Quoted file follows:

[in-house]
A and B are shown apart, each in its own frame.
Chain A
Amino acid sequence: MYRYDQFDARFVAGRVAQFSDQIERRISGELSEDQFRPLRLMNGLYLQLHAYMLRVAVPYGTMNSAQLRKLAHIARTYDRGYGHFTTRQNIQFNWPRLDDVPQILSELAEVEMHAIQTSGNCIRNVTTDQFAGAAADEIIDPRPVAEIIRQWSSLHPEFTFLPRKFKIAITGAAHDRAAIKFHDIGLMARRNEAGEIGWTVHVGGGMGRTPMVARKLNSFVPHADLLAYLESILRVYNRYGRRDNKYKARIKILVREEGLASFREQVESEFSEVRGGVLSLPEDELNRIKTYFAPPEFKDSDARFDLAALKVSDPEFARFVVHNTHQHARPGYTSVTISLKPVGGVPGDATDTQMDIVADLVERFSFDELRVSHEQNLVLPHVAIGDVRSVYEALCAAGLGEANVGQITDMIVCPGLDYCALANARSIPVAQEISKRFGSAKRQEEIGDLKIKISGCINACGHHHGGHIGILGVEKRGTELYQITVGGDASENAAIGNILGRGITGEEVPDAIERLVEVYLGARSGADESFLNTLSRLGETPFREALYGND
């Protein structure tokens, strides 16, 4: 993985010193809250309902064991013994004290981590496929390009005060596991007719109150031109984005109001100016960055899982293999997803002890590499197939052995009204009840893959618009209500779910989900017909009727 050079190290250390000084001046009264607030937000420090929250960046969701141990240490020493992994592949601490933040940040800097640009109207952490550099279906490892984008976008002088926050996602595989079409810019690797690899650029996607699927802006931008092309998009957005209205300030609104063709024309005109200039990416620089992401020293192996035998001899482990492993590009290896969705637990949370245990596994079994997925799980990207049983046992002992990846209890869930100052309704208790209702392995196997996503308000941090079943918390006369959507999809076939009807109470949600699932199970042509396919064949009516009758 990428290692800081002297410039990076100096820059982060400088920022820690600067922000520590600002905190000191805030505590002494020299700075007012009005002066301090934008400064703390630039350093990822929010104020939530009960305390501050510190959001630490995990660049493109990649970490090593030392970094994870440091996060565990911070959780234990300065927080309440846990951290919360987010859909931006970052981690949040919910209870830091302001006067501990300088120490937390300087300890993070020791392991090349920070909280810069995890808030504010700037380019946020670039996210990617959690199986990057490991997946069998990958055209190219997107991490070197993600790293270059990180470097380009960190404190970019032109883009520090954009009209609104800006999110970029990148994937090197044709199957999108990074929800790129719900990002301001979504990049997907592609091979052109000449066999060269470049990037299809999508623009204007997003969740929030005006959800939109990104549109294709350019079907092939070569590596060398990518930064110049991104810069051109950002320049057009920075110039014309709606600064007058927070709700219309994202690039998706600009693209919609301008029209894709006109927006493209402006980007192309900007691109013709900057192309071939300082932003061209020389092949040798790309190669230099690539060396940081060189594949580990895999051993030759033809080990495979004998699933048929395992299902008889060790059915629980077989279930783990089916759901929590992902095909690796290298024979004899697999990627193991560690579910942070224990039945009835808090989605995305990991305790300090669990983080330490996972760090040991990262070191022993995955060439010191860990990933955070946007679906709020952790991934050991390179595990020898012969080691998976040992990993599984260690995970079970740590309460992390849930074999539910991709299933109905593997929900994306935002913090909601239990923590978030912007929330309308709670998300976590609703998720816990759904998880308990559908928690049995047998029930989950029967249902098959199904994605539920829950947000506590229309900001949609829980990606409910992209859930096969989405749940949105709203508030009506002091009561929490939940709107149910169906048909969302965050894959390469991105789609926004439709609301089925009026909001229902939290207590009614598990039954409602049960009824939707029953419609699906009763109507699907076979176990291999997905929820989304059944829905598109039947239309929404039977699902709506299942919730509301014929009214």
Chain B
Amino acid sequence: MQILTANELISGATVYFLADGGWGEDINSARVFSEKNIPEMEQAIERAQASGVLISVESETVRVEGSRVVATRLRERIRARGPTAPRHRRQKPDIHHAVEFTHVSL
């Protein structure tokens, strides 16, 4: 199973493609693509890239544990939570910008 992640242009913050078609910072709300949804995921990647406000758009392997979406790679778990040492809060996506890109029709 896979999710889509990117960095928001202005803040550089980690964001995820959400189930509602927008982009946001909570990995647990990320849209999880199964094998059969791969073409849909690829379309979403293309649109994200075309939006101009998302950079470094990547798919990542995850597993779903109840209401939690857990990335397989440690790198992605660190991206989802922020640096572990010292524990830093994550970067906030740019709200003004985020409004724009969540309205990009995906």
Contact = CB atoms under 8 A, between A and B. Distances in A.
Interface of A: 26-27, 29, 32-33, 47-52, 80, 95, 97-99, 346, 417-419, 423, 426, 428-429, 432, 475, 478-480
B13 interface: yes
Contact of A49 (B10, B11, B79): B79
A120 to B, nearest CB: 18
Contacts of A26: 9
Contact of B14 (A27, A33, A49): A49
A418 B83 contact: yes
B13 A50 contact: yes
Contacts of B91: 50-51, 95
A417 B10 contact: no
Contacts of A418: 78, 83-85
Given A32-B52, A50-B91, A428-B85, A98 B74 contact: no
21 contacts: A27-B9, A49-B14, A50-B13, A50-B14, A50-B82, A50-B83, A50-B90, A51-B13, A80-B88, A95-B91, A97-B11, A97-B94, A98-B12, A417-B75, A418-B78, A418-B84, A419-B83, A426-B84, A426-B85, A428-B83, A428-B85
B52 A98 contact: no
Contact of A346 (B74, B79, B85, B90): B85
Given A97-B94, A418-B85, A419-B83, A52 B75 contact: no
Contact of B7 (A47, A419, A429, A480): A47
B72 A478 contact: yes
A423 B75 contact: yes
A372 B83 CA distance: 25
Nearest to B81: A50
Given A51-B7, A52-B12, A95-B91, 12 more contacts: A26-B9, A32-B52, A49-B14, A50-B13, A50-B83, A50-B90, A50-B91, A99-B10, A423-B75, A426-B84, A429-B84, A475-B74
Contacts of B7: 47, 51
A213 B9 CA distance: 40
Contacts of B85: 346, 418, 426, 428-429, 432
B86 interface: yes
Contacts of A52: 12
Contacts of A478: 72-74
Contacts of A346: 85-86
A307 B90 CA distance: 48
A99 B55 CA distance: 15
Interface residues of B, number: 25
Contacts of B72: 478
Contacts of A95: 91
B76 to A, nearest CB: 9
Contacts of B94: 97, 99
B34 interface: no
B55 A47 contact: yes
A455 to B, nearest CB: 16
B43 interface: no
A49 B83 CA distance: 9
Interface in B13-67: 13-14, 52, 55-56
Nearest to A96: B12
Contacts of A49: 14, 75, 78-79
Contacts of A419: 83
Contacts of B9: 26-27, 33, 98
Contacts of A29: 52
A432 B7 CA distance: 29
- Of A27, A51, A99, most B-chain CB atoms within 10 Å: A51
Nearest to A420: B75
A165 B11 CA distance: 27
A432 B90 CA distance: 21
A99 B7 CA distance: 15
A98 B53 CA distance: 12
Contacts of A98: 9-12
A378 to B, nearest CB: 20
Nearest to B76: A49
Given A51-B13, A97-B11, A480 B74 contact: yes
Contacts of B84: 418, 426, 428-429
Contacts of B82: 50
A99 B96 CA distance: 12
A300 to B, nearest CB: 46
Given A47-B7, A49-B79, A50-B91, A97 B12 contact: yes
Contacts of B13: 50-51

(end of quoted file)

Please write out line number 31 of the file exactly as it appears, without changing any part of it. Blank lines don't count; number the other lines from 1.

Given A51-B7, A52-B12, A95-B91, 12 more contacts: A26-B9, A32-B52, A49-B14, A50-B13, A50-B83, A50-B90, A50-B91, A99-B10, A423-B75, A426-B84, A429-B84, A475-B74